Mitsubishi declares that it rejects claims that it's MPG figures are misleading....

TMW THOUGHTS - We are all aware that the manufacturers do not give us correct numbers, this has been ongoing for decades, and we have just accepted it, and it is fun trying to get as high as you can, personally, I had a car that no matter how i drove it, it was so far wide of claimed, that after a few phone calls stating my case, the car was taken back.

I believe that there should be a set up like MIRA, where cars can be driven at their ideal speeds, for Urban and extra urban, and then you get a combined from that, the cars are driven on roads, properly, not in laboratories, not utilising various techniques to stretch out the MPG, just proper driving, by people not associated with the company.
That way, you get an independant report, with the numbers which were gained in a proper way, and I know that the manufacturers would all be up in arms, over it, as they would not be anywhere near the manipulated numbers, but at least the consumer can at long last get a proper figure, that they can achieve, and not some of these fairy tale numbers.
A report published by WHICH? suggesting official MPG figures are ‘economical with the truth’ is rejected by Mitsubishi Motors UK. To measure a car’s official fuel consumption, manufacturers are required to use the New European Drive Cycle (NEDC) and to display the results from this test on all technical and marketing materials.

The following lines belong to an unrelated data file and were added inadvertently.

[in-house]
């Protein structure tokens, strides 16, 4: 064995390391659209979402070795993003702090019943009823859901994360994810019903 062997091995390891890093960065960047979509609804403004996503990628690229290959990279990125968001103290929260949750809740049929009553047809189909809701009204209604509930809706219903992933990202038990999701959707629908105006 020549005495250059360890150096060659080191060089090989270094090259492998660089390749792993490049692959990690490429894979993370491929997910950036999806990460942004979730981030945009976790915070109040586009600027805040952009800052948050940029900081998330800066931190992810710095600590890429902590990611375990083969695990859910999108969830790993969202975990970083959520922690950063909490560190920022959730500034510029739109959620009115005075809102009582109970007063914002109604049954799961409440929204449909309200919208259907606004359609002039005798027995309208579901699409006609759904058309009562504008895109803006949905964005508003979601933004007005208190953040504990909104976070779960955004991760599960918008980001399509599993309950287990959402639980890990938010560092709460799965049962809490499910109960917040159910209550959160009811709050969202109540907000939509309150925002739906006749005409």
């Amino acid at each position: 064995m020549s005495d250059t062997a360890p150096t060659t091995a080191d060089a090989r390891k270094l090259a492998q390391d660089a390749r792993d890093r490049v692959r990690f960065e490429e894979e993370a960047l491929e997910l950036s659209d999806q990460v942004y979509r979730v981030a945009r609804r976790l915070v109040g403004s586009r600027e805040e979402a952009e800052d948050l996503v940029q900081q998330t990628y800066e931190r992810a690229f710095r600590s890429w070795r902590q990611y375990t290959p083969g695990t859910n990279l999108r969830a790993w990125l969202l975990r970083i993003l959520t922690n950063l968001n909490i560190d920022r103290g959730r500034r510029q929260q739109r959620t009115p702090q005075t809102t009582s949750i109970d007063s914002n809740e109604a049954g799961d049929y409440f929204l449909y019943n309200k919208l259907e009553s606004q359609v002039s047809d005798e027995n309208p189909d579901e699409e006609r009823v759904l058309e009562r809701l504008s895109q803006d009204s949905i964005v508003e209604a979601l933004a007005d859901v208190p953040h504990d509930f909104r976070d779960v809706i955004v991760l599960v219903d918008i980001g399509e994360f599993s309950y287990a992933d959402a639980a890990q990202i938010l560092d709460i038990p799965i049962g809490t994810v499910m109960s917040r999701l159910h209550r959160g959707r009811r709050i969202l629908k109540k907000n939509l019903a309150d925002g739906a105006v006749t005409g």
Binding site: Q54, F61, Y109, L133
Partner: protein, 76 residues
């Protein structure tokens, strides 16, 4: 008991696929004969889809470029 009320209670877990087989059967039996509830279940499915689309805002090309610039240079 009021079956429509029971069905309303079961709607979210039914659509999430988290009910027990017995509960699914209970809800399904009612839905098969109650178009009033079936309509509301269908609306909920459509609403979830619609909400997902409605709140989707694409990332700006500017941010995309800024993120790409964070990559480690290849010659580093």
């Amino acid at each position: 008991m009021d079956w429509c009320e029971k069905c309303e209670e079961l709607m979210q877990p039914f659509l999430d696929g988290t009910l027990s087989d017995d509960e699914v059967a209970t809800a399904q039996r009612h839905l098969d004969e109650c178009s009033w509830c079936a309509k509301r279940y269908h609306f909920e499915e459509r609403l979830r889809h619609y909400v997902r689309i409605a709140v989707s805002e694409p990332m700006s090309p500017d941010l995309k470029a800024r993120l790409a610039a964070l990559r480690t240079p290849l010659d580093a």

Car makers agree that the current test is out dated. It was created in the 1970’s and takes no account of current plug-in hybrid technologies, but manufacturers are required by law to put every new model through it and to publish the results. 

Most manufacturers, including Mitsubishi Motors, make clear that the figures are for comparison purposes and are not intended to reflect what customers might actually achieve, as this will depend on many factors including driving style.
The official NEDC figure for the Outlander PHEV is 148 mpg. However, with average UK daily commuting distances the vehicle can achieve considerably more than this. Longer journeys may reduce this figure but the Outlander PHEV will still return impressive economy. 
Even the 67.3 MPG suggested by WHICH? is good for a large 4x4 SUV like Outlander.
Lance Bradley, Managing Director, said: ‘The current test regime for emissions and fuel consumption is outdated and does the industry no favours but the suggestion that we in some way are misleading car buyers is well wide of the mark and irresponsible.’
Mitsubishi Motors UK has always made real life MPG very clear in its advertising and printed material. At the Outlander PHEV’s launch several top motoring magazines all reported on the ‘refreshing honesty’ with which the company had presented its real life MPG expectations.

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